History of Modern Biomedicine Research Group

Last updated
History of Modern Biomedicine Research Group
AbbreviationHoMBRG
Formation1990 (1990)
TypeHistorical research body
Parent organization
Queen Mary University of London
Website histmodbiomed.org
Formerly called
History of Twentieth Century Medicine Group

The History of Modern Biomedicine Research Group (HoMBRG) is an academic organisation specialising in recording and publishing the oral history of twentieth and twenty-first century biomedicine. It was established in 1990 as the Wellcome Trust's History of Twentieth Century Medicine Group, [1] and reconstituted in October 2010 as part of the School of History [2] at Queen Mary University of London. [3] [4] [5]

Contents

History

The project originated as The Wellcome Trust's History of Twentieth Century Medicine Group, and later functioned as the Academic Unit of the Wellcome Institute for the History of Medicine. It was originally established at the Royal College of Physicians in 1990 and comprised Sir Christopher Booth (the Harveian Librarian) and Professor Tilli Tansey. [6] Its purpose was to devise ways of stimulating historians, scientists & clinicians to discuss, preserve and write the history of recent biomedicine. The Group's activities were originally overseen by a Programme Committee, which included professional historians of medicine, practising scientists and clinicians. [7] From 2000–2010 it was a constituent part of the Wellcome Trust Centre for the History of Medicine at University College London. In October 2010 it moved to the School of History, Queen Mary's University, London. In 2011 the Group received a Strategic Award from the Wellcome Trust to embark upon a new project, "Makers of Modern Biomedicine". [8] [9] [10] [11] [12]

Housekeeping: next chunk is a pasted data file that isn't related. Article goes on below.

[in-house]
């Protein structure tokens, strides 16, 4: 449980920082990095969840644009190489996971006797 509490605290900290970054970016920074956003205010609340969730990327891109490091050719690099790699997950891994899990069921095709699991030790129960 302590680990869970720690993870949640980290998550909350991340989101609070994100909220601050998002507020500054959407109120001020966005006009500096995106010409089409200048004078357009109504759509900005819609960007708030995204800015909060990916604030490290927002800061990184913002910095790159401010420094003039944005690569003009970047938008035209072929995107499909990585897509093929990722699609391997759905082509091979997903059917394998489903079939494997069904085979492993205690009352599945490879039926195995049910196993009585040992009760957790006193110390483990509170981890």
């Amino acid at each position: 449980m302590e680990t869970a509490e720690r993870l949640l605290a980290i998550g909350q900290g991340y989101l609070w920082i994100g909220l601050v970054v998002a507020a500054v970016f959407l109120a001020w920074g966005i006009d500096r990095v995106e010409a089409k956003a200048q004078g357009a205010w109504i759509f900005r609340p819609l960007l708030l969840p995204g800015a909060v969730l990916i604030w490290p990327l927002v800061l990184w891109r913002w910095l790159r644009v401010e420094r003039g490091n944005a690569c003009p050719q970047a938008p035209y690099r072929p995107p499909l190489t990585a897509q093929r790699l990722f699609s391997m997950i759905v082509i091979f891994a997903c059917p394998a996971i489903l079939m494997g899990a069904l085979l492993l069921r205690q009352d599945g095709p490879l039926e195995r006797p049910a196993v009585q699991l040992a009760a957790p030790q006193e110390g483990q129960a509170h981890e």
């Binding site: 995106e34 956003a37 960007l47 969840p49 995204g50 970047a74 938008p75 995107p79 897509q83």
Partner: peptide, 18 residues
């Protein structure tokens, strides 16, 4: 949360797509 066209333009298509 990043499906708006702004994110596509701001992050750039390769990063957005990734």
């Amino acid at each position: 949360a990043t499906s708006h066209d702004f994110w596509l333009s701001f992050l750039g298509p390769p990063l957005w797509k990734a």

Outputs

An archive of oral and written history, plus videoed interviews, has been compiled by the HoMBRG and consists of three projects: Witness Seminars, Today's Neuroscience, Tomorrow's History and SAD at 30. All material and documentation related to the project is deposited with the Wellcome Library. The resultant publications are open access, [13] and made freely available online via the HoMBRG website, a partnership with the Medical Heritage Library, [14] and iTunes. [15]

The topics covered by the archive fall broadly into five themes: clinical genetics, [16] neuroscience, global health and infectious diseases, medical technologies and ethics of research and practice.

Resources from the archive are online at The History of Modern Biomedicine Archive [17] and the internet archive [18]

Today's Neuroscience, Tomorrow's History

The Group's 'Today's Neuroscience, Tomorrow's History' initiative (2006-2008) was funded by a Wellcome Trust Public Engagement grant. It recorded interviews on three themes, neuropharmacology, psychiatry/neuropsychology, and neuroimaging, with twelve neuroscientists, including Geoffrey Burnstock, Salvador Moncada, Michael Rutter and Uta Frith. [19]